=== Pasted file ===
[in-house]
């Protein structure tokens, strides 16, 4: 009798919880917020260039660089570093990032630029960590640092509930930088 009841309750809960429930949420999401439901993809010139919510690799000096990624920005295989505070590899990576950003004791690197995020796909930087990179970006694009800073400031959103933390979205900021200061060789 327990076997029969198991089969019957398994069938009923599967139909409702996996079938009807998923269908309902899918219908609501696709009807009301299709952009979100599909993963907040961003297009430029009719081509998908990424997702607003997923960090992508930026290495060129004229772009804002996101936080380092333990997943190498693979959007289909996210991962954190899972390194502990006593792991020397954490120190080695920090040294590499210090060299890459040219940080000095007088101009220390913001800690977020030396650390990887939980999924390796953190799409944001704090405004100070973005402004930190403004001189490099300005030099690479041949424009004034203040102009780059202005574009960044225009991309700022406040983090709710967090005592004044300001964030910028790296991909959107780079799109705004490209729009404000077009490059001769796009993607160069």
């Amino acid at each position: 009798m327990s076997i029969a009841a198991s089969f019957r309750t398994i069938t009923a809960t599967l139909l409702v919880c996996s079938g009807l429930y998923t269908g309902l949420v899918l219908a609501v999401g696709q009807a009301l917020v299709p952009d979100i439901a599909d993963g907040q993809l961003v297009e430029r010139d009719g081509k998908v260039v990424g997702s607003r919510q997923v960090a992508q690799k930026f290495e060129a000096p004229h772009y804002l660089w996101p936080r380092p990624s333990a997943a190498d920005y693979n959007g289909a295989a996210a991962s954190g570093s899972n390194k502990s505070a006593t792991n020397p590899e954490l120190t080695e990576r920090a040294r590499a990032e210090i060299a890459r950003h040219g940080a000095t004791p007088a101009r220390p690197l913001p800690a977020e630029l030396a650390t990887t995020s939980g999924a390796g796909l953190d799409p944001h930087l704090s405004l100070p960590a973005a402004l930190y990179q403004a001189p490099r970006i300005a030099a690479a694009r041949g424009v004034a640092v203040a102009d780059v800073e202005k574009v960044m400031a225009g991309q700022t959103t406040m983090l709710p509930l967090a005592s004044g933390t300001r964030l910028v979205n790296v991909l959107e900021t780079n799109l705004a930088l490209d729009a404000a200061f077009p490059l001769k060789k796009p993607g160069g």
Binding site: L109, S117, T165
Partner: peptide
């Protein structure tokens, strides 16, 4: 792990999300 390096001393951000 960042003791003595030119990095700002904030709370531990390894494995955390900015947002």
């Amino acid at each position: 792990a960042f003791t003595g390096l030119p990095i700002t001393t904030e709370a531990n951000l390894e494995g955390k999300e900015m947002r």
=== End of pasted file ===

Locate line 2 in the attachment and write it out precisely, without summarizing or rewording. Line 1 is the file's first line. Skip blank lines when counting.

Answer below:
């Protein structure tokens, strides 16, 4: 009798919880917020260039660089570093990032630029960590640092509930930088 009841309750809960429930949420999401439901993809010139919510690799000096990624920005295989505070590899990576950003004791690197995020796909930087990179970006694009800073400031959103933390979205900021200061060789 327990076997029969198991089969019957398994069938009923599967139909409702996996079938009807998923269908309902899918219908609501696709009807009301299709952009979100599909993963907040961003297009430029009719081509998908990424997702607003997923960090992508930026290495060129004229772009804002996101936080380092333990997943190498693979959007289909996210991962954190899972390194502990006593792991020397954490120190080695920090040294590499210090060299890459040219940080000095007088101009220390913001800690977020030396650390990887939980999924390796953190799409944001704090405004100070973005402004930190403004001189490099300005030099690479041949424009004034203040102009780059202005574009960044225009991309700022406040983090709710967090005592004044300001964030910028790296991909959107780079799109705004490209729009404000077009490059001769796009993607160069």